Henry Cowell was an American iconoclast: a maverick composer who created his own most original musical language in response to a particular, uniquely “American” experience. A list of such radical American composers begins with Cowell’s personal hero and role model, Charles Ives and continues with Cowell’s own students John Cage and Lou Harrison; such a list would include such compositional renegades as Roy Harris, Harry Partch, Terry Riley, Pauline Oliveros, and Morton Subotnik. The list goes on; I shall not.
With the exception of Charlie Ives, what all of these composers have in common is that they are either natives of California (Cowell, Cage, Partch, Riley, Subotnik) or spent a formative period of their musical lives in California (Harrison, Harris, and Oliveros).
Henry Cowell (1897-1965)
Cowell was born on March 11, 1897 in Menlo Park, California: as the bird flies about 25 miles south of San Francisco. His Irish immigrant father and Iowa-born mother were both writers, and authentic proto-hippies in their attitudes towards life and childrearing.
Cowell began playing the violin at age 5, began composing at 10, and bought himself his first piano when he was 13. According to the composer and Cowell biographer Bruce Saylor, writing in the New Grove Dictionary of Music and Musicians:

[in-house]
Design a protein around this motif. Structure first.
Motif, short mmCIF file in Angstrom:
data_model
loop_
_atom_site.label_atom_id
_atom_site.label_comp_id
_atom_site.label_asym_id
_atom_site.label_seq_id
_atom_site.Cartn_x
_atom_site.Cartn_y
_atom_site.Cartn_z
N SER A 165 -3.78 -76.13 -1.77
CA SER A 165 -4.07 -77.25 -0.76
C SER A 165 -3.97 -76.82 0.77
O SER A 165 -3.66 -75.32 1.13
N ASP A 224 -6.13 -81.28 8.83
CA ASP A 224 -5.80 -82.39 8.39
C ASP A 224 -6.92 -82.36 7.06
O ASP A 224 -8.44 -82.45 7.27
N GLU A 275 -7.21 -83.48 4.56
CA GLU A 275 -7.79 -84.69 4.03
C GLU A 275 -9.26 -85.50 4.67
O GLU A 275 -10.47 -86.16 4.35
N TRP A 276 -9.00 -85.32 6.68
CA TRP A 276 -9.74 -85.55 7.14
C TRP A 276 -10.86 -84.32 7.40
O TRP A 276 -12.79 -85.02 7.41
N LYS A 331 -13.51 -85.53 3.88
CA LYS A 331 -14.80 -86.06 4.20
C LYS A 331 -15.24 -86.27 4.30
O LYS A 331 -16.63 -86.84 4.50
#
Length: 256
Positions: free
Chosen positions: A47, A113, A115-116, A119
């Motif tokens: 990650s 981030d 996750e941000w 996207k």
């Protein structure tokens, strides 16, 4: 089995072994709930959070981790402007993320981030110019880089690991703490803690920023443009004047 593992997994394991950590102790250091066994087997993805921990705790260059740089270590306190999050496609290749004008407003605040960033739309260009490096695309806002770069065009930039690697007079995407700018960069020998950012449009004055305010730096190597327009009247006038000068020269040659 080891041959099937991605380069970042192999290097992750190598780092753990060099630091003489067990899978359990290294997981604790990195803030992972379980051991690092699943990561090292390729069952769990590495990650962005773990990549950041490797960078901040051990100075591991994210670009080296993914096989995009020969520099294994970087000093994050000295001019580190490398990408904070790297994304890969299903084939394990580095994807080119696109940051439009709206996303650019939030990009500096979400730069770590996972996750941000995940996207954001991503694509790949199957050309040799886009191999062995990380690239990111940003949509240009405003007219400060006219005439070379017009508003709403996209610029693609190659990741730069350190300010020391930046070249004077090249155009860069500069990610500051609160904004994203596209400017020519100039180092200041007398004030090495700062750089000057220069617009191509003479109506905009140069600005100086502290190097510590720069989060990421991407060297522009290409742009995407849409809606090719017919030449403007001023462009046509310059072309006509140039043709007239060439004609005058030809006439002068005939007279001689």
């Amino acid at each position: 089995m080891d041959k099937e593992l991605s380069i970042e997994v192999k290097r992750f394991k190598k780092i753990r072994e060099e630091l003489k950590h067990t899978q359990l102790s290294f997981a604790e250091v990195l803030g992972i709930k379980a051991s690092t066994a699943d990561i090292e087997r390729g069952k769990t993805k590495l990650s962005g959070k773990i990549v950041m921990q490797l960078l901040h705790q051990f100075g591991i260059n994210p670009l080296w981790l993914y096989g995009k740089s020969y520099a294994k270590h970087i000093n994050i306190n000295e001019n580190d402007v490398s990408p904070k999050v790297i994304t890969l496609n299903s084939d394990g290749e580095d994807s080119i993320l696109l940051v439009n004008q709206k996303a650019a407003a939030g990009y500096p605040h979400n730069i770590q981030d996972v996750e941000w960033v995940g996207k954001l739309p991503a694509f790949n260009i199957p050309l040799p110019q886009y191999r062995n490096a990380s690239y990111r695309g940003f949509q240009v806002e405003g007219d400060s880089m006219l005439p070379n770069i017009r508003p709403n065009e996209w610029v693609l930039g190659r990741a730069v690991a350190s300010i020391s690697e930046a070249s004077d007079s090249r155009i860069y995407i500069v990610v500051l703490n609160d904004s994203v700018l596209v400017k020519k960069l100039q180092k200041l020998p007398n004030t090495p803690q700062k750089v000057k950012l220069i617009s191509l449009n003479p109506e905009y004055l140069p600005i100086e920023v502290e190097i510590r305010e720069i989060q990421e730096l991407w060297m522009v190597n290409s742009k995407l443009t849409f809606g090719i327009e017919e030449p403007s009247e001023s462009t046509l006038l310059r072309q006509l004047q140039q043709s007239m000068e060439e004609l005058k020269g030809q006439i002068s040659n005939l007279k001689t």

“He studied with various local piano teachers and composed constantly, unencumbered by systematic training in composition or, indeed, any formal schooling. Encouraged by his parents’ educational philosophy of complete freedom and by the traditional California attitude of independent thinking, he readily accepted as valid musical material the many sounds around him. Important and lasting influences were the sounds of nature and the noises of man, his mother’s Midwestern folk tunes and the oriental [Asian] musical cultures of the San Francisco Bay Area.”
Again: “and the oriental – Asian – musical cultures of the San Francisco Bay Area.”
These “musical cultures” – these seminal influences – included Javanese gamelan; Chinese opera (later in life Cowell said that he had heard Chinese opera before he knew of the existence of Italian opera); Japanese Noh drama (among the Asian instruments Cowell learned to play was the Japanese bamboo flute called the shakuhachi; his work The Universal Flute of 1940 is the first composition for that instrument by an American); and the casual music-making and street singing heard everywhere in the disparagingly-named “Chinatowns” that dot the Bay Area. It wasn’t just the melodic and harmonic language of these various types of music that worked their way into Cowell’s soul; it was also a non-Western European sense of musical time, rhythm, and melodic pattern that characterized so much of his music to the end of his life.
Cowell’s wide range of musical influences combined to make him a composer of tremendous spontaneity and eclecticism, in whose music aspects of Western and non-Western music merge into a whole a gazillion times greater than its parts!…continue reading about the music of Henry Cowell, and see Dr. Bob’s prescribed work and recording, only on Patreon!